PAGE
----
Holly shrubs make a great perimeter plant. They grow well in most types of soil and stay green all year long which adds a pop of color to your curb appeal in the fall and winter months. Any trespassers who try to push past them though will find their spiky leaves painful and will hopefully look for a target with easier access.
Berry bushes are a great plant to protect your house because they come with thorns and develop into a dense tangle of vines that can’t be easily penetrated.
Plant blackberry, raspberry, and gooseberry bushes around the perimeter of your property. These prickly bushes will deter trespassers and can also help to supplement your food stockpile.
Honey Locust trees are one more of the plants that will protect your house from intruders. This tree has a coarse grained, dense wood that is shock resistant and disease resistant. The branches of the honey locust sprout thorns, which can discourage anyone from trying to climb them to get over a wall or to a second floor window.
The Oleaster is a very pretty tree. It has light green leaves with silvery undersides. But the branches have spines that painfully let intruders know they’ve crossed the line. Smaller than your average tree, the Oleaster grows to 15 to 20 feet. It can also double as a food source because it bears delicious fruit and edible flowers.
This ground creeping plant gets its name because the oval shaped seed has a pair of vertical facing thorns. The thorns on the seed are designed to stick into the feet or fur of an animal to facilitate transporting the seeds away from the parent plant so it can take root and grow.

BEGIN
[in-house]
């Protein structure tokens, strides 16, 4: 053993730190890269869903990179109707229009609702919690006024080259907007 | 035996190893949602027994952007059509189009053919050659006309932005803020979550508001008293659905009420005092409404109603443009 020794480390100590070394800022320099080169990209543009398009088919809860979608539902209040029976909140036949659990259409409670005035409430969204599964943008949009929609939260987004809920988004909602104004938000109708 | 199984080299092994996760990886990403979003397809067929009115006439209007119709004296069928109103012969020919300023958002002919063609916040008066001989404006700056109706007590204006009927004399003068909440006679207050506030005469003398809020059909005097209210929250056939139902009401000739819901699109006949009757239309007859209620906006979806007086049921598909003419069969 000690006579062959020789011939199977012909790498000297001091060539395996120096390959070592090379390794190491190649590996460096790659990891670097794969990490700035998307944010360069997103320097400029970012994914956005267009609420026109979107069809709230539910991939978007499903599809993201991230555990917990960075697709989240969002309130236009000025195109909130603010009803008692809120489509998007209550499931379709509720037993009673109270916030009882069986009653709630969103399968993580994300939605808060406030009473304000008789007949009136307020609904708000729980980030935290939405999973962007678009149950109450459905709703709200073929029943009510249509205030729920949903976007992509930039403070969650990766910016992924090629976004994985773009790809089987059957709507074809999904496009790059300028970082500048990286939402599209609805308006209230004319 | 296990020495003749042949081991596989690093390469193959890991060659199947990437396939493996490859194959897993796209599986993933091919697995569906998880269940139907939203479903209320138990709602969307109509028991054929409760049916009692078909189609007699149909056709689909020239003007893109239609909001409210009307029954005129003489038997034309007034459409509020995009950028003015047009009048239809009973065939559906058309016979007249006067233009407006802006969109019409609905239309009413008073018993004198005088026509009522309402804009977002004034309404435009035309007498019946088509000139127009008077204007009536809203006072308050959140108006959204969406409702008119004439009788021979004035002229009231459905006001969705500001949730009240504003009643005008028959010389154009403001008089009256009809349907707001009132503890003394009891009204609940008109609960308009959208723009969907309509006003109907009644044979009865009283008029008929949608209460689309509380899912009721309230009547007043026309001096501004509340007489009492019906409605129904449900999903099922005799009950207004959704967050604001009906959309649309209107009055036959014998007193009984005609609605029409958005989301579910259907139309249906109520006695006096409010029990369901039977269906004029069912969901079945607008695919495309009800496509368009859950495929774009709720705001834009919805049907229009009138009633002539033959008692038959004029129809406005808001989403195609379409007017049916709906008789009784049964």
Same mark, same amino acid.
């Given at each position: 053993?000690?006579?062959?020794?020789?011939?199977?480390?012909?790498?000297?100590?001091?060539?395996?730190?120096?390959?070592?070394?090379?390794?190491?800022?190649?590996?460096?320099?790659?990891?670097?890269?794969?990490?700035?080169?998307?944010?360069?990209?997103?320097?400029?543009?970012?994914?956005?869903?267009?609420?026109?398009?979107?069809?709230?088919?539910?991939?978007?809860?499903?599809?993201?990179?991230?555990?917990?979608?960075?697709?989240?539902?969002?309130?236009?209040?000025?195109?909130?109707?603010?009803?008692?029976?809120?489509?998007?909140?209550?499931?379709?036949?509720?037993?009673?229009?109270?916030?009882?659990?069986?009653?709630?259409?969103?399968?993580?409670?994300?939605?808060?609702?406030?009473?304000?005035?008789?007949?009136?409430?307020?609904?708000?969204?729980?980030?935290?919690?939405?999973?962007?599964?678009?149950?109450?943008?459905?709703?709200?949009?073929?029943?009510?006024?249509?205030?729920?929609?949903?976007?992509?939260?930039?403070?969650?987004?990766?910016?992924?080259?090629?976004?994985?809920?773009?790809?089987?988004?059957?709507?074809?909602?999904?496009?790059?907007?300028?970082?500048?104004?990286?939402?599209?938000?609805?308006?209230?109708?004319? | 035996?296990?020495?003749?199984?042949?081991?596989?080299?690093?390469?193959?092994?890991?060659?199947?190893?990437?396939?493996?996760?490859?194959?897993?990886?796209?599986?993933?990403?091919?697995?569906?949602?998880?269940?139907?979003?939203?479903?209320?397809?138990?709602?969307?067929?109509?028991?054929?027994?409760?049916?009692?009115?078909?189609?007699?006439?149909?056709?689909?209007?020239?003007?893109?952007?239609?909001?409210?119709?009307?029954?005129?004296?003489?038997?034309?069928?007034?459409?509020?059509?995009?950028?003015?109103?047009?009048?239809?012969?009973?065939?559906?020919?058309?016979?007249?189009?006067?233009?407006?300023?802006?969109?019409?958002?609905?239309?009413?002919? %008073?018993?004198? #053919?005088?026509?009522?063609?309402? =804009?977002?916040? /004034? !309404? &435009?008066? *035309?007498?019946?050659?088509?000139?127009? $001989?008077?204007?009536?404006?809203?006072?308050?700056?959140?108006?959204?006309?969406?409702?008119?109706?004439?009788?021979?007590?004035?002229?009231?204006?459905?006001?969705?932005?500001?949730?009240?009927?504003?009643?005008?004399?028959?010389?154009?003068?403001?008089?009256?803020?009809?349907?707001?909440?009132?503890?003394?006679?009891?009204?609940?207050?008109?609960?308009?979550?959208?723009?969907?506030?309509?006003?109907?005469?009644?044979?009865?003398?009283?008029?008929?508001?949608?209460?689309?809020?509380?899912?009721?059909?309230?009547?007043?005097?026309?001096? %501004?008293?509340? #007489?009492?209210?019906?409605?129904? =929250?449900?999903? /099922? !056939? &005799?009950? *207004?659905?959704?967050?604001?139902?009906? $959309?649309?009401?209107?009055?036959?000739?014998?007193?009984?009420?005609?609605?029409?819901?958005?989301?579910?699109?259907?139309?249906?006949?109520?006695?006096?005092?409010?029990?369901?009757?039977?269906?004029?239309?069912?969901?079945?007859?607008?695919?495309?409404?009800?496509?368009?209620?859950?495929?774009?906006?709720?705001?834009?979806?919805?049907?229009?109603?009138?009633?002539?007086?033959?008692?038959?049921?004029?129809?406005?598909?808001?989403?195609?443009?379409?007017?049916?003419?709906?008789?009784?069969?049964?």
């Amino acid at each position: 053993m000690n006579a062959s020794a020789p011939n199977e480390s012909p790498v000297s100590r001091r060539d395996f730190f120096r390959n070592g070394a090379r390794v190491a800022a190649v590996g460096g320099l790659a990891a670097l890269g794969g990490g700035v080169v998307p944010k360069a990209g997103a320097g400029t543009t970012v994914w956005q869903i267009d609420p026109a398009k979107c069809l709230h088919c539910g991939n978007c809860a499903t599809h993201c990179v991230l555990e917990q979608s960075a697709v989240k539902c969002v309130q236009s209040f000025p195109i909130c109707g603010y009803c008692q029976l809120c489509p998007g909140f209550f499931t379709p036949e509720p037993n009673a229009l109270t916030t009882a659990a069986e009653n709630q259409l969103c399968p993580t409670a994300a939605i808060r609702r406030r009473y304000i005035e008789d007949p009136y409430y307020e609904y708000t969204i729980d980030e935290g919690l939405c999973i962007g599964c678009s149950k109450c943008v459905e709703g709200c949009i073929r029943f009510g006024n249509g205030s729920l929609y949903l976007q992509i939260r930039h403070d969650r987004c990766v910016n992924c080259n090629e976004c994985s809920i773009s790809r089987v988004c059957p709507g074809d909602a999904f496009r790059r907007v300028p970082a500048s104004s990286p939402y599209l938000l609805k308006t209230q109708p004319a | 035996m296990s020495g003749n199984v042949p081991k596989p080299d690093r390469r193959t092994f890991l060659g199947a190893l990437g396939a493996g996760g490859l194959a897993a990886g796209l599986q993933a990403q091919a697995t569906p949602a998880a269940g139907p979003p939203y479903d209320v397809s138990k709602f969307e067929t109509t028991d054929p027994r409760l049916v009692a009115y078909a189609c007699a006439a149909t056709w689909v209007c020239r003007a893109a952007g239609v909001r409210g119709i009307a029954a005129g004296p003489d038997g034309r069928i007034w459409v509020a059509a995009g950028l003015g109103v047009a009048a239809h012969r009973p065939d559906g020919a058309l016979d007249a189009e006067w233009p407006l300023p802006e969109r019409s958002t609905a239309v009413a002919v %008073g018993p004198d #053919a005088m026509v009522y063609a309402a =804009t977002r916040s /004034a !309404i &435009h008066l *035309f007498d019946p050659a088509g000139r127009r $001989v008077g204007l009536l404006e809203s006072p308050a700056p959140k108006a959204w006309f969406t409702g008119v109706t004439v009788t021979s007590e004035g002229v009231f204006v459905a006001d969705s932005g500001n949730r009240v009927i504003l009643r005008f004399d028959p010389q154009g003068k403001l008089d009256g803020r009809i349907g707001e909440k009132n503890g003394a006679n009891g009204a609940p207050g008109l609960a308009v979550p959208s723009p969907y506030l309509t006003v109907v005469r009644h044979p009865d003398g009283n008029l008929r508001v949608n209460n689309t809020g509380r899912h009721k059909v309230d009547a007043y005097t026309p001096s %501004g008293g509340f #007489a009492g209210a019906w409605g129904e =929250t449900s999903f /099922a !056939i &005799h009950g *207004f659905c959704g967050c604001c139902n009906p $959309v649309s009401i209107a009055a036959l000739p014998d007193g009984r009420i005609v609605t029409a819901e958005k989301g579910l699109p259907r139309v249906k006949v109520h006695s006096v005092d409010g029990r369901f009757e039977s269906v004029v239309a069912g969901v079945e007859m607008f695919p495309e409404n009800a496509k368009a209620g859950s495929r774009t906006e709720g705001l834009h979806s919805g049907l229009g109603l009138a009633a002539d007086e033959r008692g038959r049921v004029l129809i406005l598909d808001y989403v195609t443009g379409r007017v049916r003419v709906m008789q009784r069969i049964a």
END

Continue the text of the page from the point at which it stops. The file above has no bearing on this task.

Plant Devil’s Thorn under windows or in any weak points where you want to prevent an intruder from crawling on their hands and knees. The extra bonus with this plant is that you can crush it and add water to create a mild soap or detergent which can be used for personal hygiene or to wash clothes in a SHTF situation.
Most of us are familiar with rose bushes; they are often used in gardens and around homes because of their beauty and to add a pop of color to an outdoor garden.
The occasional prick from those wicked rose thorns is often seen as the price to pay for beauty. But keep in mind that roses can also be planted as defensive landscaping to help protect your house from intruders.
Some strategically placed rose bushes beneath your window can help to deter anyone from trying to get close enough to open the window from outside. Just about everyone knows rose thorns are wicked sharp and can even cause infection in some cases.
Do you use any of these plants to protect your house from intruders? Let us know how it’s working for you in the comments below. If you have other plants that you use for defensive landscaping, feel free to share that experience as well.
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Born and raised in NE Ohio, with early memories that include grandpa teaching her to bait a hook and watching her mom, aunts, and grandmothers garden, sew, and can food, Megan is a true farm girl at heart.
For Megan, the 2003 blackout, the events of 911, and the increasing frequency of natural disasters like Hurricane Katrina, spurred a desire to be more prepared for whatever may come along. Soon to be living off-grid, this mother of four and grandmother of nine grandsons and one granddaughter, is learning everything she can about preparedness, basic survival, and self-sufficient homesteading. She is passionate about sharing that knowledge so that others can be increasingly prepared to protect their families.